“Oh my dear! How sad! So you were the mommy…to ALL five of these children? And he left you anyway?” was his reply. Honest to God—that’s what he said. He got me. In one sentence I had found my soul mate—well, soul mate from a past life. Life was making more sense to me at that moment and I was rolling with it.
But all I could say was “I am having a hard time right now.” I really did not want to cry any more that day. I swallowed every tear as if it were my favorite Dim Sum. Not now, I thought. I changed the subject.
“How about you Stan? “ I asked, “What’s your story? Why did I find you walking this boardwalk?” This was a sincere question regardless of my motives. As I said, I really don’t believe in the airy-fairy crap—but still.
“Hah!” Stan chuckled. “It is simple Helen.”
Stan stopped walking just then and looked at me. I needed this now; I needed something simple to explain it all. I wanted to drink the Kool-Aid, smoke the pipe in a sweat lodge, and believe that that goddamn book really had The Secret. I looked at Stan for a long while before he said: “My wife, Faye and I walked nearly every night of our life together — 53 years we did this. And the last 10 years were on this very boardwalk.”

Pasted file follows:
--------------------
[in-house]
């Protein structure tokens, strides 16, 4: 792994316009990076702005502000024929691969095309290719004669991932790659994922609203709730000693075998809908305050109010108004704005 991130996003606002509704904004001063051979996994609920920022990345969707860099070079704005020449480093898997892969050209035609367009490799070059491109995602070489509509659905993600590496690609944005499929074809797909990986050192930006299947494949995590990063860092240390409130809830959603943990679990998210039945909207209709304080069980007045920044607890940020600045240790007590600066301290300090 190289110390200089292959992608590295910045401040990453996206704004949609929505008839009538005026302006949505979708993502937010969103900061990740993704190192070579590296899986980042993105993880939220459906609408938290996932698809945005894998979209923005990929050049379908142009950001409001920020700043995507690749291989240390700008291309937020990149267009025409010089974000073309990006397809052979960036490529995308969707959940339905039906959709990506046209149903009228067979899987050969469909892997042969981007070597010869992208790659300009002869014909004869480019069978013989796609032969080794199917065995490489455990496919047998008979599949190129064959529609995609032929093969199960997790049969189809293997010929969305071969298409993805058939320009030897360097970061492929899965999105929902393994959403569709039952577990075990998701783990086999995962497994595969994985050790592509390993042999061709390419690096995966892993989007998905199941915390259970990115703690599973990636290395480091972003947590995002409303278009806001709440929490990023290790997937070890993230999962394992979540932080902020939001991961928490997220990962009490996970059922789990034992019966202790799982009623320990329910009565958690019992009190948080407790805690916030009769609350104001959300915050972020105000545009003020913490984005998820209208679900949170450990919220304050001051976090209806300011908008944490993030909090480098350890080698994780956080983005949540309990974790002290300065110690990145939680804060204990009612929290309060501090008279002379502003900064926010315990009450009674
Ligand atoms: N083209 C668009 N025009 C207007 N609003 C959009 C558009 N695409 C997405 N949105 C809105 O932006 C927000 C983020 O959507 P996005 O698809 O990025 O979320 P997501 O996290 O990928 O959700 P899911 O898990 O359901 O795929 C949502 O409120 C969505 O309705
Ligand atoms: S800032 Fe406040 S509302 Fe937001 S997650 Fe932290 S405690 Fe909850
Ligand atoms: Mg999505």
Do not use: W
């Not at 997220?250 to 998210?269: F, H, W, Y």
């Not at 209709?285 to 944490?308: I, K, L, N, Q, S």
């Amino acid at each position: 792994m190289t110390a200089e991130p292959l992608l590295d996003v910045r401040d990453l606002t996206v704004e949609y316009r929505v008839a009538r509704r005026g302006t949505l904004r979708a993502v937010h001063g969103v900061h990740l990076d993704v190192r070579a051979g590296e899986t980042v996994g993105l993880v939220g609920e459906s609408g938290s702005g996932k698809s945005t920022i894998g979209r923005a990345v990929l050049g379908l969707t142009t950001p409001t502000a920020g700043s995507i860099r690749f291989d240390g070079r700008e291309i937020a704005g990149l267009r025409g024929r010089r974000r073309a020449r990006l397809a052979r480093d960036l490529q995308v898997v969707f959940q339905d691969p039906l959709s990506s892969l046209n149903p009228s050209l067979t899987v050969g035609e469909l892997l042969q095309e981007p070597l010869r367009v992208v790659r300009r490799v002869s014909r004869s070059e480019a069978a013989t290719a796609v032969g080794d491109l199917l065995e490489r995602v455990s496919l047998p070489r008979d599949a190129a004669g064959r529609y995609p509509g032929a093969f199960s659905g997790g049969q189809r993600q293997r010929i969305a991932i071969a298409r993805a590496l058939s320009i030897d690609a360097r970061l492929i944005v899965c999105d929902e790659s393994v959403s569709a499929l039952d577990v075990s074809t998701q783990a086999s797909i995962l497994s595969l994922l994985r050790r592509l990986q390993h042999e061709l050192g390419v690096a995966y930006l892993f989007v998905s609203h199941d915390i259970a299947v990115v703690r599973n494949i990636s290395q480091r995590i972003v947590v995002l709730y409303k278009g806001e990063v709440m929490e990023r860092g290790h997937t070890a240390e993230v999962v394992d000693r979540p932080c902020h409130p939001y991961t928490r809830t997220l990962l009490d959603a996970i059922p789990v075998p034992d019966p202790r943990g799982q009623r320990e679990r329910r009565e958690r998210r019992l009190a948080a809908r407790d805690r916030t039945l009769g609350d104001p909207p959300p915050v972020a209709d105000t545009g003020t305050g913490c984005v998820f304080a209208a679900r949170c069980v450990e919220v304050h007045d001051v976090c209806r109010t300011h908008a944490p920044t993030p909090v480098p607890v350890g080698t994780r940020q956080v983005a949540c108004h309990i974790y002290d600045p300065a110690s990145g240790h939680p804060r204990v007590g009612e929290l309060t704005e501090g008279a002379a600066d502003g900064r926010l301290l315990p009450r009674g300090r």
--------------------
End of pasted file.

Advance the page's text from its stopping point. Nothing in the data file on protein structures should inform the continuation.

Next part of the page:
“Really?” I replied, knowing she had passed. Maybe this was it, I thought. It’s that simple. I felt a bright light coming on. It’s loyalty. Really—just loyalty. Not the hot body, fun sex and crazy nights that you had with this horrid man who left you—but loyalty. Real loyalty. Real love. Stan continued.
“Yes, Rose [FAYE?]and I were married for 53 years…we had a good life and three beautiful children. We moved here to Santa Barbara when I retired. We liked to walk and talk every evening….” He paused, but I knew he had more to say.
“I miss her every day. Every day.”
And so it was. I found some meaning in my pain.
Just as Stan and I were approaching the corner that I needed to cross the highway to get to my hotel, I was feeling as if this man could be my friend for the rest of my life—or the rest of his. In any case, I turned to him and said, “Well, Stan, this is where I need to cross the street.” I wanted to race across the highway without losing this feeling—I needed it so.